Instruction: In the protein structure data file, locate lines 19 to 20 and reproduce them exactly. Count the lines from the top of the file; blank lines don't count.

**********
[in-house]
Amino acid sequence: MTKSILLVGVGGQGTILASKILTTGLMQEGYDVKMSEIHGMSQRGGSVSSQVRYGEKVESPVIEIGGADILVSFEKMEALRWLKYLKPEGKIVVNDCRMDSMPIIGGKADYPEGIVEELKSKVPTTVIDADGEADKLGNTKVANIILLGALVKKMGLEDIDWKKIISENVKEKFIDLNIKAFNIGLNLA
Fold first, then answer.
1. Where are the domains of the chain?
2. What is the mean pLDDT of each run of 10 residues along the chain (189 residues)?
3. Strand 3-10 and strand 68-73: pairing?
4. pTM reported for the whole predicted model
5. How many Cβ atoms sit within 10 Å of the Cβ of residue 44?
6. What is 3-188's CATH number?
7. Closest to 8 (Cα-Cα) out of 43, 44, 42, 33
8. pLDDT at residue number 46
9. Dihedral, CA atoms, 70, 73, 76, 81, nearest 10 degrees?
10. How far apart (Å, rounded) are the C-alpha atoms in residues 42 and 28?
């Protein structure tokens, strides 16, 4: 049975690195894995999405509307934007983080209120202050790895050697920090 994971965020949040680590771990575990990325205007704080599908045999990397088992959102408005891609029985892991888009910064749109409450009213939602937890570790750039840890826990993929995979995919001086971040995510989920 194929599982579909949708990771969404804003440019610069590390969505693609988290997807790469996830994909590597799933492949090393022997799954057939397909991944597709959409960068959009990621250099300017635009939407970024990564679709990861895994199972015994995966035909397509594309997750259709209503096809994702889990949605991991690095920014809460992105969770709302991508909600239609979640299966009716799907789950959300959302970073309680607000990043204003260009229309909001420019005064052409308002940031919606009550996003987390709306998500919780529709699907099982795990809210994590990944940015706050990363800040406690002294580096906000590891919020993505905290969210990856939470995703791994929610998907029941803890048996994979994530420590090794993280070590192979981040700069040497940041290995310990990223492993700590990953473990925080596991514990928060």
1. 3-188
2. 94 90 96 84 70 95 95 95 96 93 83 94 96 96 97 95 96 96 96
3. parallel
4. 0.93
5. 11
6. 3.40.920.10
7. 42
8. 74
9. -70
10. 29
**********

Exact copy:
5. 11
6. 3.40.920.10